Paintball making splash in Chinle

By Cindy Yurth
Tséyi' Bureau

CHINLE, April 11, 2013

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(Times photo – Donovan Quintero)

TOP: Members of the Those Guys from Kayenta start to ambush the Dirty Dawgs of Montezuma Creek, Utah on Sunday afternoon during the Stormerz round-robin paintball tourney in Chinle.

SECOND FROM TOP: A paintballer takes cover behind a bunker while a pellet flies by during the Stormerz round-robin paintball tourney in Chinle on Sunday.

P aintball is growing up. If you can say that about a sport that involves dodging around inflatable barriers and shooting each other with gelatin capsules full of tinted vegetable oil.

"I've seen it take off," said Nathan Watts, 23, a member of the reservation's only professional paintball team, the Stormerz (yes, there are professional paintball teams).

The Stormerz hosted a tournament on their home turf Sunday, a marked-off, netted rectangle of land along the de Chelly Wash. It's a pretty rezzed-out paintball field, complete with bleating sheep in a nearby pen and a large red dog that has to be chased off the field from time to time. But make no mistake, these guys are serious competitors.

"We travel all over the country," said Watts, "and we do all right."

The Stormerz are part of both Paintball Sports Promotions and the National Professional Paintball League (yes, there are TWO national professional paintball associations), and have traveled to Chicago, Florida, Las Vegas, California and Texas to compete.

Last week in Phoenix, they placed first in the Southwest Paintball League Championships.

They've caught the eye of a California gear seller, JT Paintball, who is sponsoring them, "so we're all matching," Watts said.

Three of their members have traveled to Tennessee to become certified referees (yes, there are certified paintball referees).

Like so many things in America, the Stormerz started with a couple of guys "messing around," said team founder Edward Whitesinger, 49.

Eight years ago, "a friend of mine came back from Phoenix with a couple of paintball guns," Whitesinger recalled. "From there we started practicing and got a field."

At first, the "bunkers" (the things paintball players hide behind while shooting at their opponents) were just stacks of old tires, but now the Stormerz have graduated to official PSP inflatable barriers of different shapes.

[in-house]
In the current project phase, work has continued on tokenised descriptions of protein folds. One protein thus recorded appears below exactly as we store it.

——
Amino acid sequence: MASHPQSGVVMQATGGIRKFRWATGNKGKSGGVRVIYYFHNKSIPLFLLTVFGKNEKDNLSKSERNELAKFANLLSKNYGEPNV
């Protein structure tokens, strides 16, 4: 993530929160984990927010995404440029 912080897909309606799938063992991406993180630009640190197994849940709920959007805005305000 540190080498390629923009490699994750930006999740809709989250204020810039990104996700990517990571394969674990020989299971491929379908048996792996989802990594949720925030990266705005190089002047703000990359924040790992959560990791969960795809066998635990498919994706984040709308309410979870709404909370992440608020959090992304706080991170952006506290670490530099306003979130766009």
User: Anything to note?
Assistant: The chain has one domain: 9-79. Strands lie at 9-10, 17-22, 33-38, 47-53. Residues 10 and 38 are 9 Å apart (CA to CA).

The team itself, and their volunteer support staff, is pretty much made up of Whitesinger's family.

"It's my kids, my nieces and nephews," he said. "It's fun to travel with them."

Ask any paintball enthusiast what the draw is, and they'll reply similarly to Krista Begay, one of the two female Stormerz. "The adrenalin," she says.

The game is really a glorified version of the old backyard standard Capture the Flag, but the realistic guns and "bullets" provoke a primal response.

When you get hit, it stings a little, even through the padding. But worse, you're out of the game.

"It makes you angry," said Ramsay Hatalie of the Dirty Dogs, who placed third in Sunday's tournament, "because you want to play more."

Paintball equipment has also grown up. A professional-level gun can cost around $1,300 (by contrast, you can get a decent deer hunting rifle for about $110).

That's not including the ammunition, protective padding and traveling to tournaments. Which is why the Stormerz host tournaments, with a $250 entry fee (and top prize of $1,000).

"We just make enough money to keep going," Whitesinger said. "It's just a fun family thing."

As in a family, the most important skill for a paintball team is communication. Hiding behind your bunker, with paintballs flying everywhere, it's crucial to know where the enemy is and where your teammates are. This is accomplished by yelling.

Even the team members who have been ousted by being hit are allowed to get into the act, yelling through the fence. To the outsider, it sounds like gibberish.

"California! Dorito 2! Fifty's on the snake!"

It's actually sort of a code. Each team makes up different names for the differently shaped bunkers. To the Stomerz, for example, "Doritos" are the pyramidal ones.

As the only Navajo professional team, why not use Navajo words when they play off the rez?

"The kids don't know them," said Whitesinger. "If they learn to speak Navajo better, maybe we can."

Sunday's round-robin tourney, though, was pretty much all Navajo teams. "Those Guys", from Bluff, Utah and Farmington, took first place, with "The Warriors" from Kayenta, Ariz. and Chinle second, "Dirty Dogs" from Montezuma Creek, Utah third and and Stormerz "JV" team, "Rolling Thunder", fourth.

For a schedule of events and anything else you might like to know about the Stormerz, check out their Facebook page, STORMERZ Paintball Team.

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